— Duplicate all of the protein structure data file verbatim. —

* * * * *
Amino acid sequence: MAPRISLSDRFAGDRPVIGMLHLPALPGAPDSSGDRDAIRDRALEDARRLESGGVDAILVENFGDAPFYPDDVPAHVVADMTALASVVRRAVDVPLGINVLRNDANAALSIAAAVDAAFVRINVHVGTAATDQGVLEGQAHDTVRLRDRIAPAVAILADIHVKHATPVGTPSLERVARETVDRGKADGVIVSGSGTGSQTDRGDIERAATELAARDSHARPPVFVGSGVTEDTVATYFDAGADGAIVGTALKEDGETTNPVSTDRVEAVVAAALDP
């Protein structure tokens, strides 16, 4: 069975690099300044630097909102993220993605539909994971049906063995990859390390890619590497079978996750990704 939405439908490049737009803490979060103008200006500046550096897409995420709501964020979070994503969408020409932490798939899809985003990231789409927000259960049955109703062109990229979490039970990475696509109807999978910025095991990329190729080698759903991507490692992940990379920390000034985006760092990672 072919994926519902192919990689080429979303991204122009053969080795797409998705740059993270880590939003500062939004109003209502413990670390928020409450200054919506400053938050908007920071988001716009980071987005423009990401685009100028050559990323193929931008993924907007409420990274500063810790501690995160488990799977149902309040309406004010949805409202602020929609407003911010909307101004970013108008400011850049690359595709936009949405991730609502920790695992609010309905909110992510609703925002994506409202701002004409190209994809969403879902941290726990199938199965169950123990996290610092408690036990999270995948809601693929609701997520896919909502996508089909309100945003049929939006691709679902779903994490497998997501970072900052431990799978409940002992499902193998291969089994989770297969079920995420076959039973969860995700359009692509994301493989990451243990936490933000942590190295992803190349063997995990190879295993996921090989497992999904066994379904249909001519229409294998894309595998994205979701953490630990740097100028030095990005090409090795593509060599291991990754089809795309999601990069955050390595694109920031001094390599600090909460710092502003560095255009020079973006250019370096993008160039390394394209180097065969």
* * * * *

Amino acid sequence: MAPRISLSDRFAGDRPVIGMLHLPALPGAPDSSGDRDAIRDRALEDARRLESGGVDAILVENFGDAPFYPDDVPAHVVADMTALASVVRRAVDVPLGINVLRNDANAALSIAAAVDAAFVRINVHVGTAATDQGVLEGQAHDTVRLRDRIAPAVAILADIHVKHATPVGTPSLERVARETVDRGKADGVIVSGSGTGSQTDRGDIERAATELAARDSHARPPVFVGSGVTEDTVATYFDAGADGAIVGTALKEDGETTNPVSTDRVEAVVAAALDP
């Protein structure tokens, strides 16, 4: 069975690099300044630097909102993220993605539909994971049906063995990859390390890619590497079978996750990704 939405439908490049737009803490979060103008200006500046550096897409995420709501964020979070994503969408020409932490798939899809985003990231789409927000259960049955109703062109990229979490039970990475696509109807999978910025095991990329190729080698759903991507490692992940990379920390000034985006760092990672 072919994926519902192919990689080429979303991204122009053969080795797409998705740059993270880590939003500062939004109003209502413990670390928020409450200054919506400053938050908007920071988001716009980071987005423009990401685009100028050559990323193929931008993924907007409420990274500063810790501690995160488990799977149902309040309406004010949805409202602020929609407003911010909307101004970013108008400011850049690359595709936009949405991730609502920790695992609010309905909110992510609703925002994506409202701002004409190209994809969403879902941290726990199938199965169950123990996290610092408690036990999270995948809601693929609701997520896919909502996508089909309100945003049929939006691709679902779903994490497998997501970072900052431990799978409940002992499902193998291969089994989770297969079920995420076959039973969860995700359009692509994301493989990451243990936490933000942590190295992803190349063997995990190879295993996921090989497992999904066994379904249909001519229409294998894309595998994205979701953490630990740097100028030095990005090409090795593509060599291991990754089809795309999601990069955050390595694109920031001094390599600090909460710092502003560095255009020079973006250019370096993008160039390394394209180097065969």